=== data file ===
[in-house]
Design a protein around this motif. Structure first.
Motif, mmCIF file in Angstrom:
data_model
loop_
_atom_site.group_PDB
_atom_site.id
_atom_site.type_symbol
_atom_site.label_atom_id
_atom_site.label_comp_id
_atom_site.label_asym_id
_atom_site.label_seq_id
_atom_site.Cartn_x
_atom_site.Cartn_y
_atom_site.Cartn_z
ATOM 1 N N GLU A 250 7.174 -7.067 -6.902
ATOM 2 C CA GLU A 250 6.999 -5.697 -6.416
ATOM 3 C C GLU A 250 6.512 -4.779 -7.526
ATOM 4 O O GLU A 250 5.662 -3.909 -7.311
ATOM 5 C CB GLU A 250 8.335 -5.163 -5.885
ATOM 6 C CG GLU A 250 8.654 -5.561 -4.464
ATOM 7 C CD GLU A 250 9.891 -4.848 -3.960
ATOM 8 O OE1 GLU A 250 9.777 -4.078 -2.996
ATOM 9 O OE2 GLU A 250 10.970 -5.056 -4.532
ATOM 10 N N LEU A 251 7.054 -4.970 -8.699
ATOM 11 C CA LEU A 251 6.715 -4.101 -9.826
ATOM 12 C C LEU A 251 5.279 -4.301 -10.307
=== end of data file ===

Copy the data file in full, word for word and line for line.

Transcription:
[in-house]
Design a protein around this motif. Structure first.
Motif, mmCIF file in Angstrom:
data_model
loop_
_atom_site.group_PDB
_atom_site.id
_atom_site.type_symbol
_atom_site.label_atom_id
_atom_site.label_comp_id
_atom_site.label_asym_id
_atom_site.label_seq_id
_atom_site.Cartn_x
_atom_site.Cartn_y
_atom_site.Cartn_z
ATOM 1 N N GLU A 250 7.174 -7.067 -6.902
ATOM 2 C CA GLU A 250 6.999 -5.697 -6.416
ATOM 3 C C GLU A 250 6.512 -4.779 -7.526
ATOM 4 O O GLU A 250 5.662 -3.909 -7.311
ATOM 5 C CB GLU A 250 8.335 -5.163 -5.885
ATOM 6 C CG GLU A 250 8.654 -5.561 -4.464
ATOM 7 C CD GLU A 250 9.891 -4.848 -3.960
ATOM 8 O OE1 GLU A 250 9.777 -4.078 -2.996
ATOM 9 O OE2 GLU A 250 10.970 -5.056 -4.532
ATOM 10 N N LEU A 251 7.054 -4.970 -8.699
ATOM 11 C CA LEU A 251 6.715 -4.101 -9.826
ATOM 12 C C LEU A 251 5.279 -4.301 -10.307